Last week wrapped up Solar Power International, the largest solar conference hosted in the United States. With more than 15,000 solar developers, manufactures and investors in town, Las Vegas was practically powered by solar. Over the four day conference, the Mercatus team had a chance to connect with industry leaders and get a live pulse of where the solar is headed in the coming years.

We started out the week with our co-hosted dinner with Bloomberg New Energy Finance. Opened by BNEF’s Rob Glen and Mercatus CEO, Haresh Patel, it was a star-studded event with the likes of David Crane and Jigar Shah. BNEF also shared their new energy outlook, which notably showed how competitive pressures are driving costs down in various markets. Their analysts have made hopeful forecasts for US solar, with increased growth in all sectors.

The mood around the conference itself was equally opportunistic, with a refreshed outlook on the industry and renewed enthusiasm. The effects of the ITC extension and what’s to come after was a major topic this year, proving just how far policy has come in shaping the progression of US solar. Outside of the US, emerging markets were abuzz with opportunity, with Chile, Dubai and Mexico being dubbed the it-markets of today, thanks to record low auction prices.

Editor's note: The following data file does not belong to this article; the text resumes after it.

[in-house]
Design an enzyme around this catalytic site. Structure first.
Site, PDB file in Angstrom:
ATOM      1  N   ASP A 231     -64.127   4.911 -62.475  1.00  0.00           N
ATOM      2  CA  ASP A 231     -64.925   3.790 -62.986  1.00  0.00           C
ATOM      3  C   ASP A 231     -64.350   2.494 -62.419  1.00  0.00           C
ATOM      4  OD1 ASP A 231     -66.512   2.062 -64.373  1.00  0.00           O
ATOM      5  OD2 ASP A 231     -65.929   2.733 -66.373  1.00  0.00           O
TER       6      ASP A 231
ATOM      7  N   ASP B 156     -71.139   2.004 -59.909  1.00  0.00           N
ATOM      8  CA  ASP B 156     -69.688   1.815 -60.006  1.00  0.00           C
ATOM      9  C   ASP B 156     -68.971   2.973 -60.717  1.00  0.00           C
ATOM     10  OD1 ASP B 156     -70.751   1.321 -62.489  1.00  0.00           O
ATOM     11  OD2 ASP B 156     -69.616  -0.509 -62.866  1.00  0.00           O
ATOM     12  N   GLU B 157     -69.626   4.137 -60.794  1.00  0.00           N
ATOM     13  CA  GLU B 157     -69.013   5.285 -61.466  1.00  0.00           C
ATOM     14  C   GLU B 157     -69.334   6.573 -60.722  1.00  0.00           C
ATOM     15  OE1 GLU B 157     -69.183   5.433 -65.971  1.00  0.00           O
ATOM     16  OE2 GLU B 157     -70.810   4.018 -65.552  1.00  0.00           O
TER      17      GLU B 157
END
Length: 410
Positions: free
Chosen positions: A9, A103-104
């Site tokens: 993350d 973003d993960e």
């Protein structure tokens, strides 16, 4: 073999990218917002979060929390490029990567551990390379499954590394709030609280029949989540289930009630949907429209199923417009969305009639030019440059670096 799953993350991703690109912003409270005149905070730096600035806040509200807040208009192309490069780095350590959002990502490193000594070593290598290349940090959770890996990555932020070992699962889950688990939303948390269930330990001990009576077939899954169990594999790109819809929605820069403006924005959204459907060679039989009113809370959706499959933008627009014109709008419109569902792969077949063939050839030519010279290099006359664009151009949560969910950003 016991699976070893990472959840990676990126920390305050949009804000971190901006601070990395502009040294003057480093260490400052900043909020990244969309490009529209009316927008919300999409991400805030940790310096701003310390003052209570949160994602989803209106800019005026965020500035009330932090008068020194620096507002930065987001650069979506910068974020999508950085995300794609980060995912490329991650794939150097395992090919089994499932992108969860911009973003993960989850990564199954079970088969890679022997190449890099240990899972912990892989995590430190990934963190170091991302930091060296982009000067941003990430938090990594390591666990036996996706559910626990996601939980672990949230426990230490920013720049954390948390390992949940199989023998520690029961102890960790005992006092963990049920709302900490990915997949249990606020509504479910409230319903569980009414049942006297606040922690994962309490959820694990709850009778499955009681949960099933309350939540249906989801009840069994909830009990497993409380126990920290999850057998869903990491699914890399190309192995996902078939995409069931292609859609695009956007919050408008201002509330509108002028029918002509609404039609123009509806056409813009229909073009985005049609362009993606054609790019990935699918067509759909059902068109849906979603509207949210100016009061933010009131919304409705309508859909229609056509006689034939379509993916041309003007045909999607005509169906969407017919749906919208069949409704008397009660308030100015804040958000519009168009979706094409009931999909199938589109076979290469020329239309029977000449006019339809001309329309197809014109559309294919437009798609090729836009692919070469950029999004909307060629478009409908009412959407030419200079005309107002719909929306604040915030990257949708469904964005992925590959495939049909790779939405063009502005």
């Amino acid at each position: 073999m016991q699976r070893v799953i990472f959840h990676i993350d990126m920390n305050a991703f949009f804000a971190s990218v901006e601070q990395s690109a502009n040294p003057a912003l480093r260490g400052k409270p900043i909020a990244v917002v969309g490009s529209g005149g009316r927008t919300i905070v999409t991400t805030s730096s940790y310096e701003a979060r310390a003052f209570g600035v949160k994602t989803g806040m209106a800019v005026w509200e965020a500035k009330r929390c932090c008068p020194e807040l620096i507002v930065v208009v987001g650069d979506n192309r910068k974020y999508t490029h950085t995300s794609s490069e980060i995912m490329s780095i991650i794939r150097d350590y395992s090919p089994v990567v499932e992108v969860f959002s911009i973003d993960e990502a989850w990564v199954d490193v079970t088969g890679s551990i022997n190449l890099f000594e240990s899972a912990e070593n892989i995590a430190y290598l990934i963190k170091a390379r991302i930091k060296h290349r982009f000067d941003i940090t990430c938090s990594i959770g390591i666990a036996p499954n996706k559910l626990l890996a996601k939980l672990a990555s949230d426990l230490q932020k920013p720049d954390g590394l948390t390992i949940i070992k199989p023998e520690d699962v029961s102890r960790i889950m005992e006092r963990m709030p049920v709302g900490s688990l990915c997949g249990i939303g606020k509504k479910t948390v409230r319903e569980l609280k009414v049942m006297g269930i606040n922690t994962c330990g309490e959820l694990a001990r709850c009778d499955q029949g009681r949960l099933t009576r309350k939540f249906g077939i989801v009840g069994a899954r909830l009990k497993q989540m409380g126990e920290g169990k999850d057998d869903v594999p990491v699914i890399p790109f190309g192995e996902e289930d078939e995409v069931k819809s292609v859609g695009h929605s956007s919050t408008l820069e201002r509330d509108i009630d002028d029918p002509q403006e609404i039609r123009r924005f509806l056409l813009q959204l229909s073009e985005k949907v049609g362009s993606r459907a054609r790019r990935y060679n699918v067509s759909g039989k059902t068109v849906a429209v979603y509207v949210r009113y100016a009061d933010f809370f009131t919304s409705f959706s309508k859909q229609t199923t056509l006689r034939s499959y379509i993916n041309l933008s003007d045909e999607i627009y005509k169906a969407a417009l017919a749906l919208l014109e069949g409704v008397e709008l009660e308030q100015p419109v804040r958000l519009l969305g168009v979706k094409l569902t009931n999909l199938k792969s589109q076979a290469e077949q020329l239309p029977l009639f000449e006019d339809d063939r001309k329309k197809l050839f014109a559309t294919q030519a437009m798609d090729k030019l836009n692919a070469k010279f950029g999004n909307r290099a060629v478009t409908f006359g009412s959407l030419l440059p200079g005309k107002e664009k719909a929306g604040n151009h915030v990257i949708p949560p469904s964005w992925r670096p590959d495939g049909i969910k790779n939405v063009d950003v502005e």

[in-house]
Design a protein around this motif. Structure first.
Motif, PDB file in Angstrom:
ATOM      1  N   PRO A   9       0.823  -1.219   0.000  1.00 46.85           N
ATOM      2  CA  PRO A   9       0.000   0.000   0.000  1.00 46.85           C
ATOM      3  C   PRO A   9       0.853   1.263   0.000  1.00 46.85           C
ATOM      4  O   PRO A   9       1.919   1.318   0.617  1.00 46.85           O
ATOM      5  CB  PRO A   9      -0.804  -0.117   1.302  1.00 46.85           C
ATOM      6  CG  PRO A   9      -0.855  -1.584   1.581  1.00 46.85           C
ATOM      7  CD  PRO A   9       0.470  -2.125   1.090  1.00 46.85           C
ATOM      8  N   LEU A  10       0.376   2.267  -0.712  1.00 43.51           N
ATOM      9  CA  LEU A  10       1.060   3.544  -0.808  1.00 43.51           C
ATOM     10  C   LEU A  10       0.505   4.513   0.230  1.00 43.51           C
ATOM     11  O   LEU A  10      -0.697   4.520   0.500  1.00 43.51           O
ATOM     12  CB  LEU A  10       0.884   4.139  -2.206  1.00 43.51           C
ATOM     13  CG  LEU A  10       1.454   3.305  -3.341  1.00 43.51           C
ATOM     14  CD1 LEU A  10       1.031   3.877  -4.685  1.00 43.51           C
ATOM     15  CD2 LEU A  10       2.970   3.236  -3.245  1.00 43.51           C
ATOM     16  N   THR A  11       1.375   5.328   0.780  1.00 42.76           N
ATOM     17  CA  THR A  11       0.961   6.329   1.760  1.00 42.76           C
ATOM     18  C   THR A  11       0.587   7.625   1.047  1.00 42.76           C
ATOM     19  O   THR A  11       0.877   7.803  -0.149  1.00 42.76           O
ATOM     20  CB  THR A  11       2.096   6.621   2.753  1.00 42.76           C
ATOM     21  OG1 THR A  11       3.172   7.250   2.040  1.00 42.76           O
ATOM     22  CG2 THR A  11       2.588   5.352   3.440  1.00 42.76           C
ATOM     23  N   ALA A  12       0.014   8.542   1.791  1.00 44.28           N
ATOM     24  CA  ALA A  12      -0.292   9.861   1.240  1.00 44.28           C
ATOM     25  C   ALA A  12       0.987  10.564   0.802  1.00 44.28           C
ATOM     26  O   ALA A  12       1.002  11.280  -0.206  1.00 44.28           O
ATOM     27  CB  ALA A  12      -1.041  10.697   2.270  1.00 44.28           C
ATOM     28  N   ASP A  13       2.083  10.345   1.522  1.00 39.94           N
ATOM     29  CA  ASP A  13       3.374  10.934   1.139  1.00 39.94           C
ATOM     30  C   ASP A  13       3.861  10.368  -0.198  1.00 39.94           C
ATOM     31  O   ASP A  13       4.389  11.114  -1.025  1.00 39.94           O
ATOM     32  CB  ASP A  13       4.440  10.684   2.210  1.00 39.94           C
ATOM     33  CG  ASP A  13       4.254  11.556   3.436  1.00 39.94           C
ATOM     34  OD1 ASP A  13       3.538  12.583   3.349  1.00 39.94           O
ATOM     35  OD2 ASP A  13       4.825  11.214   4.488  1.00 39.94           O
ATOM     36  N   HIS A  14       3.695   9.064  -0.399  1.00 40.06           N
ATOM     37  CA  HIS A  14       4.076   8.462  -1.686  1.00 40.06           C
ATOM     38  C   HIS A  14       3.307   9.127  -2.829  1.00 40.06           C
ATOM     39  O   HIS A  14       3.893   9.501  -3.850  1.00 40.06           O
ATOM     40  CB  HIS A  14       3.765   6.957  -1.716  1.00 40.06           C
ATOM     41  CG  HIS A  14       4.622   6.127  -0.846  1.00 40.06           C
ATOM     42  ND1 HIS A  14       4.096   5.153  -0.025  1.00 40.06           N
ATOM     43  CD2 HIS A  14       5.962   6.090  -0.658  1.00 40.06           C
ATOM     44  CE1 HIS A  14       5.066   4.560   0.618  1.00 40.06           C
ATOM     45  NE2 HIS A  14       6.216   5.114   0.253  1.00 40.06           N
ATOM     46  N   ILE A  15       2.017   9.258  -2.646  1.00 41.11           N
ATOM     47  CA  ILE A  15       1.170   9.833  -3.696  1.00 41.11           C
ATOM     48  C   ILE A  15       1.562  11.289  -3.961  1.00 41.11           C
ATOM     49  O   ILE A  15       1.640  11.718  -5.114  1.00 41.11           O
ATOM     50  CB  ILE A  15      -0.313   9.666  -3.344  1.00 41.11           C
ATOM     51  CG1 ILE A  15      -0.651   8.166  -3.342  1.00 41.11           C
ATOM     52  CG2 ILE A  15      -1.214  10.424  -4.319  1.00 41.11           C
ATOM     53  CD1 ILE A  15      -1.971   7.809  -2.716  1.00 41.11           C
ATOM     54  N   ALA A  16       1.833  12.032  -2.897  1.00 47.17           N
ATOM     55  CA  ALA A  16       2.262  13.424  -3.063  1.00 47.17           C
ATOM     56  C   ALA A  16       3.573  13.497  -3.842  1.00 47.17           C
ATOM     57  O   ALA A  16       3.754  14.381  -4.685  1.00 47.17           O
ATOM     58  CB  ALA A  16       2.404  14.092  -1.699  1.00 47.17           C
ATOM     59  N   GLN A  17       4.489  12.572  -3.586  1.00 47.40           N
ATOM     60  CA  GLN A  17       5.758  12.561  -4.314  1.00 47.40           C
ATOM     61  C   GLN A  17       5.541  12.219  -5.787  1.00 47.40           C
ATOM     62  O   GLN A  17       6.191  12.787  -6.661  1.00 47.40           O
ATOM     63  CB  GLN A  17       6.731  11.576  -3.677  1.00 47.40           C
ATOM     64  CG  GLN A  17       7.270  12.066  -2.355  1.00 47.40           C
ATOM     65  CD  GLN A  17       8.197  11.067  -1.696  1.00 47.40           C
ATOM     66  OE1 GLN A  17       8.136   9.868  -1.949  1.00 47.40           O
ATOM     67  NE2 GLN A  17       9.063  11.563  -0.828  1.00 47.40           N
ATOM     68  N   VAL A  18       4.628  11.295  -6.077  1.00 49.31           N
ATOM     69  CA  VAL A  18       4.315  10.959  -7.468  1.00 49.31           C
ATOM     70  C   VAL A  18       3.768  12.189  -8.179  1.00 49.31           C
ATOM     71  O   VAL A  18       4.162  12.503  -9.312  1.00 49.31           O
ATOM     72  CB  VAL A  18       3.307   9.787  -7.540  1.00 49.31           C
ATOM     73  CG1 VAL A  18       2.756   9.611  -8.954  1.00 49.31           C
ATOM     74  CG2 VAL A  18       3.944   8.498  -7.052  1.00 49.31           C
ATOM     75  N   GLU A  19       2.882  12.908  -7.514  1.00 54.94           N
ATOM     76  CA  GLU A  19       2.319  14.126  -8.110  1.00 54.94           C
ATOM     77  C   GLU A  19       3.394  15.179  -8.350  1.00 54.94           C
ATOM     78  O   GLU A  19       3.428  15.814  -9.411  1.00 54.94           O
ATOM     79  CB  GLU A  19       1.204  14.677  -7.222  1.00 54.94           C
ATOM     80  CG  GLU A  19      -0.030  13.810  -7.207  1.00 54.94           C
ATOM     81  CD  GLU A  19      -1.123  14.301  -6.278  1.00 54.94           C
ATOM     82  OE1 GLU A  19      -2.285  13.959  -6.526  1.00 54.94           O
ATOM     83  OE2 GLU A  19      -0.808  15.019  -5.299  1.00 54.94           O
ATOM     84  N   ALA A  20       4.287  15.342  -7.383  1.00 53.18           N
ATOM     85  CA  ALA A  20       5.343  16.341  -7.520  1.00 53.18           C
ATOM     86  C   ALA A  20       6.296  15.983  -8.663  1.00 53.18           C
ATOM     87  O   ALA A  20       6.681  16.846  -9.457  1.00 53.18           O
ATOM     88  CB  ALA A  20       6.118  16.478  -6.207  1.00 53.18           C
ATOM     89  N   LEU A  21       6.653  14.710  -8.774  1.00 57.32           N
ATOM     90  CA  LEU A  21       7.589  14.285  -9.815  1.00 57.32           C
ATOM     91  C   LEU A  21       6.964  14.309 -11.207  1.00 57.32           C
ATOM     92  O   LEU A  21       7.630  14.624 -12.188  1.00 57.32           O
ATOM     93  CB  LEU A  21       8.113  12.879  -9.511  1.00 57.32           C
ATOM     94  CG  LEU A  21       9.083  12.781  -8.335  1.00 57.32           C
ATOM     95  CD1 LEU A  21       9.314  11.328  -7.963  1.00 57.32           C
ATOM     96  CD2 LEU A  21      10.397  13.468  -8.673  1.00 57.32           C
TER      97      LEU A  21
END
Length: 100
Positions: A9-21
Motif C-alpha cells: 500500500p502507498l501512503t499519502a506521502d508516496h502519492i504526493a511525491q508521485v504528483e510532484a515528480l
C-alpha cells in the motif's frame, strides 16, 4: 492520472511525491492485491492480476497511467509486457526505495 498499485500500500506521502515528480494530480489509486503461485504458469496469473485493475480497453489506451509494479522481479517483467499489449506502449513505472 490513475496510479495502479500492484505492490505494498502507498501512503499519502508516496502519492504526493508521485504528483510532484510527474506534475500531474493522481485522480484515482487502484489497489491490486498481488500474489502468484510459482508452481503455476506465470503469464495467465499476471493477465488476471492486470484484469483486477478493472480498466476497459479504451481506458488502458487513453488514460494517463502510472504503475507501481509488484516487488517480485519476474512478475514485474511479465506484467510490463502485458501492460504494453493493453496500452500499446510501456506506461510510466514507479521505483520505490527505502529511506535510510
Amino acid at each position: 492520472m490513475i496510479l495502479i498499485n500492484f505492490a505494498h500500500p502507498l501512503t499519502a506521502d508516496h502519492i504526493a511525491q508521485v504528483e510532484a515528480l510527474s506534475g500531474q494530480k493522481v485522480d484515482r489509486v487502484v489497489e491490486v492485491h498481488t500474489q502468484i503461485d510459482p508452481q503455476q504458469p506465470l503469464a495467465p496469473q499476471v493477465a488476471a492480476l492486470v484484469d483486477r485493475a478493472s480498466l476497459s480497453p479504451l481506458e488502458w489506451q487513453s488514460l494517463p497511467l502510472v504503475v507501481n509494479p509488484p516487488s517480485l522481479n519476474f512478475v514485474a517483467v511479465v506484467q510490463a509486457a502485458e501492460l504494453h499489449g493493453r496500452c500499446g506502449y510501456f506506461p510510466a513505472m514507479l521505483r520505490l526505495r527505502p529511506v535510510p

However, the US election weighed heavily on the minds of most panelists, with the outcome majorly affecting the future of the industry. Tony Kaelin from Duke Energy Renewables pointedly said, one candidate has the potential to obliteration bonus depreciations and the ITC/PTC, while the other could extend them a decade more. That being said, cost of capital was a major topic of discussion, with the role of pension funds, tax equity and green bonds becoming more important, now with yieldcos taking a considerable backseat. However, the yieldco has not been sworn off for good, as the idea of accessing the public market to achieve lower rate financing is still attractive, said Mark Noyes of ConEdison. While they will continue to play a role in the marketplace, the yieldcos of the future will have more fundamentals behind them, but will not drive returns as high as they did in the past.

Overall, it was clear that solar is thriving and creating amazing job opportunities within the industry, with many attendees looking for their next move in the industry or looking to join in on the action. Hopefully the momentum from this year’s SPI will launch the next phase of the solar industry’s evolution—away from the Wild West days and into a mature sector that the capital markets can get behind and stay behind.

What were your takeaways from SPI? We’d love to hear them. For everyone we met at SPI, it was great seeing you. If we missed you this year, don’t hesitate to get in touch.